Everyday Cognition in Adulthood and Late Life / Edition 1

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Overview

Provides a firm theoretical grounding for the increasing movement of cognitive psychologists, neuropsychologists and their students beyond the laboratory, in an attempt to understand human cognitive abilities as they are manifested in natural contexts. The pros and cons of the laboratory and the real world--the problems of generalizability versus rigor--are thoroughly analyzed, and practical escapes from what has become a false dichotomy are suggested. The authors present relevant data that open up new directions for those studying cognitive aging. Finally, they consider the applications of the new knowledge for clinicians and educators.
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Editorial Reviews

From the Publisher
"...a useful interim report on a very active area of research in the broad field of cognitive psychology." Timothy A. Salthouse, Science

"...an impressive contribution." American Scientist

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Product Details

  • ISBN-13: 9780521428606
  • Publisher: Cambridge University Press
  • Publication date: 1/28/1992
  • Edition description: Reprint
  • Edition number: 1
  • Pages: 724
  • Product dimensions: 6.14 (w) x 9.21 (h) x 1.46 (d)

Table of Contents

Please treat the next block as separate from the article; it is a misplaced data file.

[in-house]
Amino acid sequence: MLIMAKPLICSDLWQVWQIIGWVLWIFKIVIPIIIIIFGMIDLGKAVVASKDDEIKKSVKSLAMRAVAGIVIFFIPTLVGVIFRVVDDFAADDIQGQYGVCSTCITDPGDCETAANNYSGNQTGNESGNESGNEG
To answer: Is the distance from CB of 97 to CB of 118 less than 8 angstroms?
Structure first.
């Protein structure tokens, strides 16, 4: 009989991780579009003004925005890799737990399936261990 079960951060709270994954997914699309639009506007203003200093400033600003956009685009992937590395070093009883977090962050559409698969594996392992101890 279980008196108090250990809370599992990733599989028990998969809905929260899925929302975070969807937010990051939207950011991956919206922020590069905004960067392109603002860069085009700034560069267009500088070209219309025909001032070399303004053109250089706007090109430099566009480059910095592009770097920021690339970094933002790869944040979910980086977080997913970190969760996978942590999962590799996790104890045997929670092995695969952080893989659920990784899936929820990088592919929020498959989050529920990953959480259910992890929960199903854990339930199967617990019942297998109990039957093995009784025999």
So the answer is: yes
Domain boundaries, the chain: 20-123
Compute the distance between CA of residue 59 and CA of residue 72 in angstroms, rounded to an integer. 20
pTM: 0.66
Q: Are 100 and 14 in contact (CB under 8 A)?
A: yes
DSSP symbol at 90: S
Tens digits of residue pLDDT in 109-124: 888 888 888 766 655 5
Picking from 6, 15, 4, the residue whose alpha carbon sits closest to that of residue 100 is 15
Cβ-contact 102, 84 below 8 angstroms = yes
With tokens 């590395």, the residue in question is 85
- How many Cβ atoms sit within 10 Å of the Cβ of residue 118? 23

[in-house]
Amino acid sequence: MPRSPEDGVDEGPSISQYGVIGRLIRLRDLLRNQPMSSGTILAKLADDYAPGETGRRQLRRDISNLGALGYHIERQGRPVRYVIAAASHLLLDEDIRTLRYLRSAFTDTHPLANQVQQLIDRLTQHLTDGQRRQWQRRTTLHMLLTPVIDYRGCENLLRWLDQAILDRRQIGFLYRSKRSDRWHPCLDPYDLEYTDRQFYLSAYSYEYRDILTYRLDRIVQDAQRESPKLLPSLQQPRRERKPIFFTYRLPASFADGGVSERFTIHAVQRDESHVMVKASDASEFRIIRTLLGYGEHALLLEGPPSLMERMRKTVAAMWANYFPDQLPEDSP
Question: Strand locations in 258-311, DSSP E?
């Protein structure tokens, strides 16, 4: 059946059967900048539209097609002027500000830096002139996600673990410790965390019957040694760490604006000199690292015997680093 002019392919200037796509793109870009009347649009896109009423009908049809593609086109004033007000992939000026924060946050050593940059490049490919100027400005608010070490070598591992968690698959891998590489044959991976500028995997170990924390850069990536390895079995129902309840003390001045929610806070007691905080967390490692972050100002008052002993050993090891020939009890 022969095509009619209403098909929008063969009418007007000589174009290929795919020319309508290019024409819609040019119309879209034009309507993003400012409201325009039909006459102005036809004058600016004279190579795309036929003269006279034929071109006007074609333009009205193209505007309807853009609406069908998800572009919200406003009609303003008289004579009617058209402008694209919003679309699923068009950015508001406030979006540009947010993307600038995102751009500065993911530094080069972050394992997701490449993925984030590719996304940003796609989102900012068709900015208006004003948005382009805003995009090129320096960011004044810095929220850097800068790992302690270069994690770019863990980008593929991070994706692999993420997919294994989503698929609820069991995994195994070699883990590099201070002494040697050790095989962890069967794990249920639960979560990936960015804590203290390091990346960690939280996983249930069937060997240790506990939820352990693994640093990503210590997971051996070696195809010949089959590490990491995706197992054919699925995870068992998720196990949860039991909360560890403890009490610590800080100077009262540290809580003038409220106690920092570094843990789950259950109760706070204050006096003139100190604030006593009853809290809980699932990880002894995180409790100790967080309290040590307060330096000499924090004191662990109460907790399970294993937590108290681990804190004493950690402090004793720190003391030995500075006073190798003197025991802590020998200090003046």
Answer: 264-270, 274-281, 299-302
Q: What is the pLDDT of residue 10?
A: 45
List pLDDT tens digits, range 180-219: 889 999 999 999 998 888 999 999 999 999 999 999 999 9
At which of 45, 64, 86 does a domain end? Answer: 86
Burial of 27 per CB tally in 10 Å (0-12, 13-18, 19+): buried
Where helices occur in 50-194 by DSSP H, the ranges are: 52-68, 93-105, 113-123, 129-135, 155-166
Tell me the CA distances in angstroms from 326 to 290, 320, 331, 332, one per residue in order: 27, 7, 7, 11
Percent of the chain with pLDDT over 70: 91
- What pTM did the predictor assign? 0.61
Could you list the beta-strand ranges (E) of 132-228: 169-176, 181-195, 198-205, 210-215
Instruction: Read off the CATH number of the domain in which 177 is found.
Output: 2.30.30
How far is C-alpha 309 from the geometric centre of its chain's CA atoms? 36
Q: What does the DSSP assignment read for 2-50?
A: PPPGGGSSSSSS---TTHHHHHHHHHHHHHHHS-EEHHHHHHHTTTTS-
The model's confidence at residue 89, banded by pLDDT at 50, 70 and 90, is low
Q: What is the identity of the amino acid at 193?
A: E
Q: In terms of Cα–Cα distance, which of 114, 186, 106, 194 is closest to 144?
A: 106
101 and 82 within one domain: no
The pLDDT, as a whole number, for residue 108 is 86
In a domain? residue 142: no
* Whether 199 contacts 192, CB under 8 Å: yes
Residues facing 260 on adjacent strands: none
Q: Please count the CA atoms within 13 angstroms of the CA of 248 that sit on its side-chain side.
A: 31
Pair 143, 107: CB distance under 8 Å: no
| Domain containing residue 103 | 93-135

Part I. Adult Cognitive Abilities in the Laboratory and in Real-life Settings: Basic Theoretical and Methodological Issues; 1. Introduction to Part I: the how, when and why of studying everyday cognition David C. Rubin; Part IA. Systematic Approaches to Laboratory and Real-world Research: 2. Representative design and the quality of generalization Lewis Petrinovich; 3. The myth of external validity Douglas G. Mook; 4. Functional explanations of memory Darryl Bruce; 5. General systems theory: a rationale for the study of everyday memory Jan D. Sinnott; Part IB. Combining Laboratory and Real-world Research: 6. The laboratory and ecology: supplementary sources of data for memory research Harry P. Bahrick; 7. Issues of regularity and control: confessions of a regularity freak David C. Rubin; 8. Finding the bloody horse Alan Baddeley; 9. Some bad and some good reasons for studying memory and cognition in the wild Thomas K. Landauer; Part II. Cognition in Adulthood and Late Life: Findings in Real-life Settings: 10. Introduction to Part II: What do we know about the aging of cognitive abilities in everyday life? Leonard W. Poon; Part IIA. Everyday Cognitive Abilities: 11. Memory for prose: perspectives on the reader Joellen T. Hartley; 12. Prose processing in adulthood: the text, the reader and the task Bonnie J. F. Meyer and G. Elizabeth Rice; 13. Speech comprehension and memory through adulthood: the roles of time and strategy Elizabeth Lotz Stine, Arthur Wingfield and Leonard W. Poon; 14. The effects of aging on perceived and generated memories Gillian Cohen and Dorothy Faulkner; 15. Aging and word retrieval: naturalistic, clinical and laboratory data Nancy L. Bowles, Loraine K. Obler and Leonard W. Poon; 16. Acquisition and utilization of spatial information by elderly adults: implications for day-to-day situations Kathleen C. Kirasic; 17. Inner-city decay? Age changes in structure and process in recall of familiar topographical information Patrick Rabbitt; 18. The cognitive ecology of problem solving Alan A. Hartley; 19. Everyday problem solving: methodological issues, research findings and a model Nancy Wadsworth Denney; 20. Prospective/intentional memory and aging: memory as adaptive action Jan D. Sinnott; Part IIB. Concomitant Influences: 21. Motivation and aging Lawrence C. Perlmuter and Richard A. Monty; 22. Questionnaire research on metamemory and aging: issues of structure and function Roger A. Dixon; 23. The importance of awareness in memory aging John C. Cavanaugh; 24. Age and expertise: responding to Talland's challenge Neil Charness; 25. World-knowledge systems Cameron J. Camp; 26. Comments on aging memory and its everyday operations Donald H. Kausler; Part III. Cognitive Enhancement and Aging: Clinical and Educational Applications: 27. Introduction to Part III: approaches to practical applications Barbara A. Wilson and Leonard W. Poon; Part IIIA. Issues and Perspectives: 28. Varieties of memory compensation by older adults in episodic remembering Lars Bäckman; 29. Improvement with cognitive training: which old dogs learn what tricks? Sherry L. Willis; Part IIIB. Enhancement Approaches: 30. Planning practical memory training for the aged Robin L. West; 31. Mnemonics as modified for use by the elderly Jerome A. Yesavage, Danielle Lapp and Javaid I. Sheikh; Part IIIC. Designing Programs for Cognitive Rehabilitation: 32. Designing memory-therapy programs Barbara A. Wilson; 33. Management of memory problems in a hospital setting Nadina B. Lincoln; 34. Home-based cognitive rehabilitation with the elderly Nicholas J. Moffat; 35. Memory retraining: everyday needs and future prospects Herbert F. Crovitz; Indexes.
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